Mount Esja Reflects on Atlantic Ocean in Reykjavik, Iceland
Pingvellir – Nationalpark Iceland
Gulfoss Golden Falls waterfall Iceland in winter
Perlan is a landmark building in Reykjavik, the capital of Iceland.
Traditional old house on Laugavegur Street in Reykjavik, Iceland at twilight time
- Reykjavík, Iceland is believed to be the site of the first permanent Noresemen settlement, dating all the way back to AD 870 as described in Landnámabók, or the Book of Settlement; it is even said the settlers used traditional Norse methods to decide where they would start they would settle, which involved high pillars being thrown into the ocean. The settlement was decided based on where they landed on the coastline, and this just so happened to be Reykjavík. The Reykjavík coastline is characterized by islands and peninsulas, as well as coves and straits. The capitol city area is even continuously shaped by earthquakes and volcanic eruptions! From the Elliðaá River, which is one of the best salmon fishing rivers in country, to Mount Esja, the highest mountain in the vicinity of the capitol towering at 2,999 feet, the natural beauty of Reykjavík is hard to miss.
- It should come as no surprise that the cultural heritage in Reykjavík is vast, and one of the best ways to see this history is by visiting The Culture House. Originally built between 1906-1908 by Danish architect Johannes Magdahl Nielsen to house the National Library and the National Archives, the building itself is a work of art. Decorated with crests bearing the name of many literary figures, it was one of the finest buildings of its time. Remodeled in 2000 to promote Icelandic Heritage, the inside of the Culture House is even more magnificent than the outside. Displaying works collected from six different institutions, visitors will journey through Iceland’s artistic and cultural history. The building also has changing exhibits on various topics, so there is always something fresh to see on your visit to the Culture House in Reykjavík. The National Museum of Iceland offers a main exhibition with over 2,000 artifacts discovered in various parts of the country. The most known piece found in the National Museum of Iceland is the Valthjófsstadur Door, which features elaborate medieval engravings depicting scenes from the legendary 12th century knight’s tale Le Chevalier au Lion.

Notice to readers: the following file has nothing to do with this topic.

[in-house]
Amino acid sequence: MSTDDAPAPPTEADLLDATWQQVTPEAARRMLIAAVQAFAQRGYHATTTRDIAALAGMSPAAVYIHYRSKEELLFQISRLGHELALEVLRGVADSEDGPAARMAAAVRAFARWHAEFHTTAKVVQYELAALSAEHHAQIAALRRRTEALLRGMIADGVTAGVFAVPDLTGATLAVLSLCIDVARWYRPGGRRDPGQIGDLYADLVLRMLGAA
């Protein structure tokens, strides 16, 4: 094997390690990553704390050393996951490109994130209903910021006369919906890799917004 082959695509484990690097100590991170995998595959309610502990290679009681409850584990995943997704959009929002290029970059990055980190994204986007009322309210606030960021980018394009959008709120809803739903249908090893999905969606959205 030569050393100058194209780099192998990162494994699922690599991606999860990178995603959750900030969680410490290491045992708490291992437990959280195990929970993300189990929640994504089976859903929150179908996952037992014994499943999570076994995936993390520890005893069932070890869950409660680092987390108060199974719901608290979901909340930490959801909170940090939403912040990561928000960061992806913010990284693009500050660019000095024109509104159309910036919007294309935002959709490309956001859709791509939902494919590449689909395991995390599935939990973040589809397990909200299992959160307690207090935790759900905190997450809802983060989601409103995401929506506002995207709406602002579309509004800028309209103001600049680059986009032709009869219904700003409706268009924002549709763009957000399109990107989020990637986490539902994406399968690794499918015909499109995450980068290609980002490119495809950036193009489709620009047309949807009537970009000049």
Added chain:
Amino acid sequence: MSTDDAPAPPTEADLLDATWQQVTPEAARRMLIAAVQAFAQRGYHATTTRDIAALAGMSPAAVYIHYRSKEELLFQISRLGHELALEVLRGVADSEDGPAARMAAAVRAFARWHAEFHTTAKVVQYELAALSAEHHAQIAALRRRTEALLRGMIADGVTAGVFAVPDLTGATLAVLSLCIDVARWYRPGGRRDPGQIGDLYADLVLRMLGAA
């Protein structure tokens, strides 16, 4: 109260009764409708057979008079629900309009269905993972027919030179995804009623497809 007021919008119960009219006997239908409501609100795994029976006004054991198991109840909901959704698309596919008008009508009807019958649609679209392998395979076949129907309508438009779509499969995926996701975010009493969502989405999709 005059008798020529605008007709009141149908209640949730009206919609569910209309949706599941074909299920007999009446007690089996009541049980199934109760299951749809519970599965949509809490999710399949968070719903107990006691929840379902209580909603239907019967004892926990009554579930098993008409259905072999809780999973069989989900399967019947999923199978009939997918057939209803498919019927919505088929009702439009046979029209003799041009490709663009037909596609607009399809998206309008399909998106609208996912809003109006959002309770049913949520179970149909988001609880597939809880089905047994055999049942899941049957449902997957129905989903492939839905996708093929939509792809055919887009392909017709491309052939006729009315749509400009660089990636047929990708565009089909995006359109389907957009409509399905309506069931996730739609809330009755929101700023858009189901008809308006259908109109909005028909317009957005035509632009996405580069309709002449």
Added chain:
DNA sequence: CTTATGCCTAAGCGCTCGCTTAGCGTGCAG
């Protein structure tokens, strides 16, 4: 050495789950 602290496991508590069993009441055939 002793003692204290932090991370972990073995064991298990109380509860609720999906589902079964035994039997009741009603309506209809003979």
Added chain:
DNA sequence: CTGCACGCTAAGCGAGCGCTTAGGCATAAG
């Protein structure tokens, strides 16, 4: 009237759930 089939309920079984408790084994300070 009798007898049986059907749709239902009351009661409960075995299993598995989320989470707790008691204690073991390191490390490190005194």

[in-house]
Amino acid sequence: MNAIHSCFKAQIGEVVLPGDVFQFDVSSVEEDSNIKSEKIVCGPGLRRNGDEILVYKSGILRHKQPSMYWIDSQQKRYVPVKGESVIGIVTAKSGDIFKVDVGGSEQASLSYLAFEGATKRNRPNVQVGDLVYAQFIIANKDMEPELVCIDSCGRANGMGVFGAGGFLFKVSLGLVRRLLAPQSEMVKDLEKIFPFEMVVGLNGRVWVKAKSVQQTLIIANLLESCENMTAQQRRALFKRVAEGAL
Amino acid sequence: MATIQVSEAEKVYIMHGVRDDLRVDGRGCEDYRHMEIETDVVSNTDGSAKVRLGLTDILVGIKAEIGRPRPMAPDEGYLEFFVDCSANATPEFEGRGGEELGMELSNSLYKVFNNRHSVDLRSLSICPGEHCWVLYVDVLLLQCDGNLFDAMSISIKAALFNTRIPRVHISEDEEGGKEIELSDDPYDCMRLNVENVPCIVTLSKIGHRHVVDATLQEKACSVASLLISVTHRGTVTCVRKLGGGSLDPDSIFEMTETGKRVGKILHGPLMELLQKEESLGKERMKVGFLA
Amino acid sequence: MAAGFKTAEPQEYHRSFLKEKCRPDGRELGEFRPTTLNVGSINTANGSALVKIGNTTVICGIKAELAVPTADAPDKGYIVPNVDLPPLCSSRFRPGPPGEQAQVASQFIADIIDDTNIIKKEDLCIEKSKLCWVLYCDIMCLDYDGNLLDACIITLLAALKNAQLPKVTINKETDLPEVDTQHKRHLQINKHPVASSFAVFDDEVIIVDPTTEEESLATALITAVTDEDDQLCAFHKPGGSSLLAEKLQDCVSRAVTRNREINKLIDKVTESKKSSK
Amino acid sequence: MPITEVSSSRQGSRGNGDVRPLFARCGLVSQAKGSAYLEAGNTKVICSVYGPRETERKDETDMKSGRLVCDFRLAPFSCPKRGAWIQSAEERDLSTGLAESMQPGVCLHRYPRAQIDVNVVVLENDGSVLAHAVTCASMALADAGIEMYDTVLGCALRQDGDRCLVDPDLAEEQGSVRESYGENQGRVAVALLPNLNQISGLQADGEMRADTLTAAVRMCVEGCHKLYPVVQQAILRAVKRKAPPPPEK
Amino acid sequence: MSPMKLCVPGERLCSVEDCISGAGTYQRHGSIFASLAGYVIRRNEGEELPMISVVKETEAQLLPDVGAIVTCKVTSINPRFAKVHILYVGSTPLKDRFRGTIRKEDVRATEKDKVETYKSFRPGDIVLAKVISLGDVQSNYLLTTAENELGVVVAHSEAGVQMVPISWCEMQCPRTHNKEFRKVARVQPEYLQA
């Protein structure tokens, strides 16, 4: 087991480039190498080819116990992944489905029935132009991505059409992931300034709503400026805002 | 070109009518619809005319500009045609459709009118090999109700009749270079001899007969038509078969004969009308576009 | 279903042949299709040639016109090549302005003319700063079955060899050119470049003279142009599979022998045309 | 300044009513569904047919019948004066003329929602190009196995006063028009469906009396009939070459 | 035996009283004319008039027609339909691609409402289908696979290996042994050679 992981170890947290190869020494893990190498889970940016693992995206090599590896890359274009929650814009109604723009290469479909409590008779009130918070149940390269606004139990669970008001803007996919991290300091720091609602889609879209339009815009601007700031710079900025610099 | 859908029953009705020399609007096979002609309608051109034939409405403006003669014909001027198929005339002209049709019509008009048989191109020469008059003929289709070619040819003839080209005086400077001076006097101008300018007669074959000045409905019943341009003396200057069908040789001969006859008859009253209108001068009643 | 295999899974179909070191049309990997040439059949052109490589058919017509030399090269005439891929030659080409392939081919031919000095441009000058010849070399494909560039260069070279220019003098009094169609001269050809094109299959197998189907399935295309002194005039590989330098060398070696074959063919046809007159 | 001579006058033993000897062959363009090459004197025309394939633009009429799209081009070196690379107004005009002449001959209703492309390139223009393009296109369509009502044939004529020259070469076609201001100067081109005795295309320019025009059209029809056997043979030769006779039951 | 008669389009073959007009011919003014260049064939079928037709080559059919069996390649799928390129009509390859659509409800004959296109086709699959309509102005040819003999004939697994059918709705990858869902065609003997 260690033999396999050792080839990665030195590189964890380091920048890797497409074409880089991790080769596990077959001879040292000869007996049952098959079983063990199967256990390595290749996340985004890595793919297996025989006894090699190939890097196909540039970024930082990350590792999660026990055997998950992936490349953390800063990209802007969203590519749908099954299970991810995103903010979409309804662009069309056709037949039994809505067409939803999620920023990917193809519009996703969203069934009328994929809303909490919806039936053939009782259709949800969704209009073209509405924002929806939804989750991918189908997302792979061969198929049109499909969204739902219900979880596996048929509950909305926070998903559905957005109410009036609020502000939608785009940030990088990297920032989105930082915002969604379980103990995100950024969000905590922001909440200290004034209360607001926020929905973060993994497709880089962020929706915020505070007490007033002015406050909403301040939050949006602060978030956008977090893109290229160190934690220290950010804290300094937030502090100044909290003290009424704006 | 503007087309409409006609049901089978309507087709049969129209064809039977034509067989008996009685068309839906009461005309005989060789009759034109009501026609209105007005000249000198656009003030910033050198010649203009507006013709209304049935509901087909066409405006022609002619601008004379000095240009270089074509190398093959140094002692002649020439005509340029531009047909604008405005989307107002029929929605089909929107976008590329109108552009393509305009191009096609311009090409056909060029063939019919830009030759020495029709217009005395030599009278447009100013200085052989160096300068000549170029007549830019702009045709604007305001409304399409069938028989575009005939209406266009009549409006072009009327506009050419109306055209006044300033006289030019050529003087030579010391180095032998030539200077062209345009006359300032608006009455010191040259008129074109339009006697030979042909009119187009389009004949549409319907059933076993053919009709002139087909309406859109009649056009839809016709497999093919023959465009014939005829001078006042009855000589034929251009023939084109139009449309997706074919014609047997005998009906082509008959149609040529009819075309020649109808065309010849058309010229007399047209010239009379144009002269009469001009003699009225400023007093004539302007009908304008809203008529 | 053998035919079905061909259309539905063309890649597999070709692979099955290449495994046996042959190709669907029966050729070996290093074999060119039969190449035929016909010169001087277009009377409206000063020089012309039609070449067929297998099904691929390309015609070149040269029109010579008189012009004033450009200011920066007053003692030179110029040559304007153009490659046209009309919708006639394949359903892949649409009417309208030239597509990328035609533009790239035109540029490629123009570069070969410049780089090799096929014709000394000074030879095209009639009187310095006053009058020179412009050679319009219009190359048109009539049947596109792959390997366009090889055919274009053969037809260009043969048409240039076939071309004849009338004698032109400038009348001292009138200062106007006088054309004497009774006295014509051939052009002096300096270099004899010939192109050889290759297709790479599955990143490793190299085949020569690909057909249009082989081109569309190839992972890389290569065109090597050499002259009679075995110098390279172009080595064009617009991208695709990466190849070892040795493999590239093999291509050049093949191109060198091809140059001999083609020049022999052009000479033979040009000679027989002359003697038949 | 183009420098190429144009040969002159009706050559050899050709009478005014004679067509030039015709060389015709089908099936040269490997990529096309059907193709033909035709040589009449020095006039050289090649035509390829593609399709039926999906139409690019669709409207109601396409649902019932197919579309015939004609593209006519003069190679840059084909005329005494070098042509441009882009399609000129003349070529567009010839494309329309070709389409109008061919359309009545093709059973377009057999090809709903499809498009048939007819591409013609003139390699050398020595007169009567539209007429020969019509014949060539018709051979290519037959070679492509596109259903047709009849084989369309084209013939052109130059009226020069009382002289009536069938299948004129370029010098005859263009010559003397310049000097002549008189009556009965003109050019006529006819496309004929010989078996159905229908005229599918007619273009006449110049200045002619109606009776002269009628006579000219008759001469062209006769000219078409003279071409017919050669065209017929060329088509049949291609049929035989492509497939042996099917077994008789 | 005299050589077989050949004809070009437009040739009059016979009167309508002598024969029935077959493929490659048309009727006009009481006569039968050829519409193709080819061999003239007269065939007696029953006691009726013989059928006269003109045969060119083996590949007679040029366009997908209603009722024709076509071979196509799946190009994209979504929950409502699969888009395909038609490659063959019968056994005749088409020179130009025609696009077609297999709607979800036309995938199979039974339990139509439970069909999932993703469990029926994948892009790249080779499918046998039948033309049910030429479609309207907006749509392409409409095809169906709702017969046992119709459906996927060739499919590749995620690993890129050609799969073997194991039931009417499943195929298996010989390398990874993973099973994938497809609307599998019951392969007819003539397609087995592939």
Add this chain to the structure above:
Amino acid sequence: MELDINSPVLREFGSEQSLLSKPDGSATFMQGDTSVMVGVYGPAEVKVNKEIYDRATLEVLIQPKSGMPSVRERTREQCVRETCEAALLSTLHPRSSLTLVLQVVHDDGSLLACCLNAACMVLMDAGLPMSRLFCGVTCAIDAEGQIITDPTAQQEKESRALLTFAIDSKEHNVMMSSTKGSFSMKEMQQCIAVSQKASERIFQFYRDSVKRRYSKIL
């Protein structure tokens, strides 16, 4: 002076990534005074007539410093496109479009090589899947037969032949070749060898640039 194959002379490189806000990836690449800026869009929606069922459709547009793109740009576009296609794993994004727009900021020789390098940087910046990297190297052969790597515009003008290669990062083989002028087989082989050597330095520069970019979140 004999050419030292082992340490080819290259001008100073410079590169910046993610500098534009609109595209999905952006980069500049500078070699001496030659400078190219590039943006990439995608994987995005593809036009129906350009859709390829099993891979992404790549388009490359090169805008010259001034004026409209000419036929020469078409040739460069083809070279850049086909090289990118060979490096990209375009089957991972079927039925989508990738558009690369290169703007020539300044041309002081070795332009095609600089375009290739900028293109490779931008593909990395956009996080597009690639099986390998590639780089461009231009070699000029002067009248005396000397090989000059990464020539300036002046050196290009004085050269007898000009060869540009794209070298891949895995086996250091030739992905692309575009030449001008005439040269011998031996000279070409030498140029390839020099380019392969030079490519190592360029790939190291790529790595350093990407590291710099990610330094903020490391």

- Approximately 25 miles outside of Reykjavík you will find The Golden Circle. Compromised of three breathtaking sites popular among visitors and residents of Reykjavík, and Iceland alike. Pingvellir, a national park, is one of these sites. Classified as a UNESCO World Heritage Site in 2004, Pingvellir was founded in honor of the anniversary of the National Parliament, and was later expanded to protect the diverse and natural phenomena found within the surrounding area. What makes Pingvellir so unique is where it is located: in a rift valley. Some of the rifts in the park, caused by the continental drift between the North America and Eurasian plates, are filled with clear water. One in particular is Peningagjá, or “coin fissure.” Its nickname is derived from the townspeople throwing coins into it after it was bridged for the arrival of King Frederick VIII of Demark in 1907. The coins that line the ground of the fissure are a sight to see on a trip to Pingvellir.